The SEC has under consideration the appropriate interpretation of subsection (i)(9) of Rule 14a-8. Because the staff is considering a change of interpretation (some would say a return to an earlier correct interpretation), arguments have been made that significant revisions in interpretation require notice and comment under the Administrative Procedure Act. Under the Supreme Court's decision this term in Perez v. Mortgage Bankers Association, it is absolutely clear that they do not. Agencies can change an interpretation, even a fundamental interpretation, without resorting to notice and comment.
On that issue there was no real disagreement. Some of the Justices, most noticeably Justice Scalia, worried about the implication of the interpretation in light of other administrative law doctrines that apply to agency interpretations. In Auer v. Robbins, 519 US 452 (1997), the Court also held that agencies had the authority to resolve ambiguities in their own rules and that in general such interpretations are "controlling." Allowing agencies to significantly change interpretations without notice and comment that then become "controlling" when reviewed by courts does accede to administrative agencies considerable authority. As Justice Scalia noted:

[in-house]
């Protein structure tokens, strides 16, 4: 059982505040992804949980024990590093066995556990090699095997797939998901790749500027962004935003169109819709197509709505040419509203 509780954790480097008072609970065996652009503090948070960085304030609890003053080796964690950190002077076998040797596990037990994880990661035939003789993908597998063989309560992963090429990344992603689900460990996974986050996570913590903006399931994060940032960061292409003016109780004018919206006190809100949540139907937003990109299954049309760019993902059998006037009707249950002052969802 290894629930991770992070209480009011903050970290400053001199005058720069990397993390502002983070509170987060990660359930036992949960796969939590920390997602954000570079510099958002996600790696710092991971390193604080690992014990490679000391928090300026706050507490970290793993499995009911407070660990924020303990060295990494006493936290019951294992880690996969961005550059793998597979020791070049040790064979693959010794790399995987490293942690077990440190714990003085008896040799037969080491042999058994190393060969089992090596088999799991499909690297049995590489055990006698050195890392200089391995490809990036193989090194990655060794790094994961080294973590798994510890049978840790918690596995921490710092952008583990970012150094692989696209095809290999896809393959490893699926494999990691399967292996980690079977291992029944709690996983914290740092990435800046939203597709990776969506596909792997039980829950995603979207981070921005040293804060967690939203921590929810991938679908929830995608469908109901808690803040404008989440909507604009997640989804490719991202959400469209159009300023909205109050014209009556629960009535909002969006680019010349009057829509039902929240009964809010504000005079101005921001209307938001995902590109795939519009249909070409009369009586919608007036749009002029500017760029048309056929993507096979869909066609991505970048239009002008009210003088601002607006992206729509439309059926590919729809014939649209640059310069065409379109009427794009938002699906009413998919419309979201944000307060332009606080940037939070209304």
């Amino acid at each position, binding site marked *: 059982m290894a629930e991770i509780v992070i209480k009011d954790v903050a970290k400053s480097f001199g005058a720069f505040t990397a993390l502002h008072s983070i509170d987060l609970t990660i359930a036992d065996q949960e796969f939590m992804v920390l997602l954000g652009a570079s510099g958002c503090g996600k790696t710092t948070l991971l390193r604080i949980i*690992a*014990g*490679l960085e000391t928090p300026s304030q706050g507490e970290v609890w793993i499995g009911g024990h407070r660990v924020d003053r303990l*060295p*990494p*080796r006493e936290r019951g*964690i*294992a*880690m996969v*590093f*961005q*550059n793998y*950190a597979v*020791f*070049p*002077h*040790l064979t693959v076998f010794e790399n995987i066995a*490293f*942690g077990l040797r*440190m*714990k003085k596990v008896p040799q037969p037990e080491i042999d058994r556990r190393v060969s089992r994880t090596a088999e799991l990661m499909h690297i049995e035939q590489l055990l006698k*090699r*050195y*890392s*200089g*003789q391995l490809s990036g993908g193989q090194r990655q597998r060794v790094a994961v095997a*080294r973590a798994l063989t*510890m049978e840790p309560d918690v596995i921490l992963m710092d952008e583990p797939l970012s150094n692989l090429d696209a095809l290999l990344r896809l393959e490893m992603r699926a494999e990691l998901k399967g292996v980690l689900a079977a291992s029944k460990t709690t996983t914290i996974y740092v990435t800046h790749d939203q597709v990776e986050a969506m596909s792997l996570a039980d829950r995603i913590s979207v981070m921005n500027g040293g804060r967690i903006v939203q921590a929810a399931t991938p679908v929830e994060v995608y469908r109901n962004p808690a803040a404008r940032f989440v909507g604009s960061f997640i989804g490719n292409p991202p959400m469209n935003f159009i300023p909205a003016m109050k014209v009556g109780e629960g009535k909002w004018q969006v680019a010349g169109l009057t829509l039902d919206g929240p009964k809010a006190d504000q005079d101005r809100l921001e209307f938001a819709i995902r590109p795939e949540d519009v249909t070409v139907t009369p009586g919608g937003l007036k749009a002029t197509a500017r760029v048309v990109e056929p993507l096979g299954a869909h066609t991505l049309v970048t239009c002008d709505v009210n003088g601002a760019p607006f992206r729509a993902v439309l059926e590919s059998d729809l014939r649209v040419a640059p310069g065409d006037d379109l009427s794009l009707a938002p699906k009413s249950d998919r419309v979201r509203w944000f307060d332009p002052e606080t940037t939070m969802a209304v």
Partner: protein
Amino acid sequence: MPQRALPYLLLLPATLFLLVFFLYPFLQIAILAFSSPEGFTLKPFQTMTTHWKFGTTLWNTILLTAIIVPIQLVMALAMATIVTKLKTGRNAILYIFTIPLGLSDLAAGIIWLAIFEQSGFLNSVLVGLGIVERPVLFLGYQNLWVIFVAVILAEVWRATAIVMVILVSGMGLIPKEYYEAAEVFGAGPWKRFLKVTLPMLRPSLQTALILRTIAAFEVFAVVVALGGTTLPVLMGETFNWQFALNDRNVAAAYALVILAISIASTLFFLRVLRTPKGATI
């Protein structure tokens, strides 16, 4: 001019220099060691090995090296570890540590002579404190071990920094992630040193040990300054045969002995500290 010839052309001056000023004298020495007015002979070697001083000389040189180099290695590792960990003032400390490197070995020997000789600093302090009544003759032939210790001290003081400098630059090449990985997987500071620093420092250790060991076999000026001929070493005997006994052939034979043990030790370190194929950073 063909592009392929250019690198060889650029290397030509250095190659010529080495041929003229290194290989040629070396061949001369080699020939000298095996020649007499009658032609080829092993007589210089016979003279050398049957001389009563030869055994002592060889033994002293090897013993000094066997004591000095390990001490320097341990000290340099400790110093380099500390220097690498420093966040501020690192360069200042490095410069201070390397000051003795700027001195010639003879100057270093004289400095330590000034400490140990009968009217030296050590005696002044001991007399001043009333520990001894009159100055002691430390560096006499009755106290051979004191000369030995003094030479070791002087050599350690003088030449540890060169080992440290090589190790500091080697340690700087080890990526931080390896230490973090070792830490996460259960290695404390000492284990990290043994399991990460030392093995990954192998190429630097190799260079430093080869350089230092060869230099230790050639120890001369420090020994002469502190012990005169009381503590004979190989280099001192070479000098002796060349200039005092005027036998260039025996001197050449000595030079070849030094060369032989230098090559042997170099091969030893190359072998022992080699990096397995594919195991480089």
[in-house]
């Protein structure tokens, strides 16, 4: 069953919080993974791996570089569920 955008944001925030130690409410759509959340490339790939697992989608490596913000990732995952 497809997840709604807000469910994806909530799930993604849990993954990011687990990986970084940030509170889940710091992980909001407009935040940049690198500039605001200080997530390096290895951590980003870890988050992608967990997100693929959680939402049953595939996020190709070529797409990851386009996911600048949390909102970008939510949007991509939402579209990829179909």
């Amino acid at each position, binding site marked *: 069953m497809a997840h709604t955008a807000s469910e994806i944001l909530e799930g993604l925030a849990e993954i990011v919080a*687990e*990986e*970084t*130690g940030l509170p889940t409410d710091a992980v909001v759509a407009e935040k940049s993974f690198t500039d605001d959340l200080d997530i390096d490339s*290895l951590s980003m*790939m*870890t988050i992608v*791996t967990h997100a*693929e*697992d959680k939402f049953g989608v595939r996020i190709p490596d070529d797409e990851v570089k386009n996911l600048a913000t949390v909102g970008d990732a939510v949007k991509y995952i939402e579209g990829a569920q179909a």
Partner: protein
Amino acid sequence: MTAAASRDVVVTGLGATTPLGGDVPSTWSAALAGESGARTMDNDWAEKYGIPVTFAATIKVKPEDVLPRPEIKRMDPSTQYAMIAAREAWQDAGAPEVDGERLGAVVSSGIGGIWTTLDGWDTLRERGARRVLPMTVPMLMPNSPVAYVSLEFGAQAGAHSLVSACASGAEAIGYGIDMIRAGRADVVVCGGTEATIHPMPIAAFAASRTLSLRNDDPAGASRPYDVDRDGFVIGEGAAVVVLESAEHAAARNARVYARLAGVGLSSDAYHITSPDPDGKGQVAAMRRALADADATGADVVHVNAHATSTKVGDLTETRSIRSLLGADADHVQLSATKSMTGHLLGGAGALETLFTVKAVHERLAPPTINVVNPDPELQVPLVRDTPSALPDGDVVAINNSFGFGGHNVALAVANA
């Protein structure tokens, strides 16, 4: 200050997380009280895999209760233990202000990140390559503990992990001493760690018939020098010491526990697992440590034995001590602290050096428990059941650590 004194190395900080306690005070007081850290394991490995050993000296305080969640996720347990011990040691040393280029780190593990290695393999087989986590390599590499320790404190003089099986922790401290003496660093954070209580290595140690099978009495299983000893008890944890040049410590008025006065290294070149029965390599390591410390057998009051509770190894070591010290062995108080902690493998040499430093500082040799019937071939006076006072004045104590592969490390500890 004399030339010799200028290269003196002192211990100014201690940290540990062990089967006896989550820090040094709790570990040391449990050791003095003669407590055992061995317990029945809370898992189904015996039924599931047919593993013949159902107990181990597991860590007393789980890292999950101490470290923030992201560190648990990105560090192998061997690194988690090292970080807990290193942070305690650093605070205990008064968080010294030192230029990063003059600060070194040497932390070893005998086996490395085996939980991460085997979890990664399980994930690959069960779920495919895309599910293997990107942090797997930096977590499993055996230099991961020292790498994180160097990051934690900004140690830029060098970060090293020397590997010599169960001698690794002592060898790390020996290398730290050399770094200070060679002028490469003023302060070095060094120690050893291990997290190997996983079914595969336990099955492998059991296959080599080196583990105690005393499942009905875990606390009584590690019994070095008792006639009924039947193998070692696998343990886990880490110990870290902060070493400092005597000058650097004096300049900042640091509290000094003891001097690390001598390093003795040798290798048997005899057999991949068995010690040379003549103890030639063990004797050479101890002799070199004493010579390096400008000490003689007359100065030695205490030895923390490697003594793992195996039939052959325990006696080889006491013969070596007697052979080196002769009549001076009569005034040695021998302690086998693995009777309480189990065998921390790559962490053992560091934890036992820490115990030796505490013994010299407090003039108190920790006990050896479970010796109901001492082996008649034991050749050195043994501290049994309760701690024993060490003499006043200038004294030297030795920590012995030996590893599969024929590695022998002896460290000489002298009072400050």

- By supplementing the APA with judge-made doctrines of deference, we have revolutionized the import of interpretive rules' exemption from notice-and-comment rulemaking. Agencies may now use these rules not just to advise the public, but also to bind them. After all, if an interpretive rule gets deference, the people are bound to obey it on pain of sanction, no less surely than they are bound to obey substantive rules, which are accorded similar deference. Interpretive rules that command deference do have the force of law.
Justice Alito all but asked for a cert petition challenging Seminole Rock (the opinion relied upon by Auer). Thus, the Court is in agreement that additional process is unnecessary for changes in interpretations but those interpretations soon may be entitled to significantly less (if any) deference.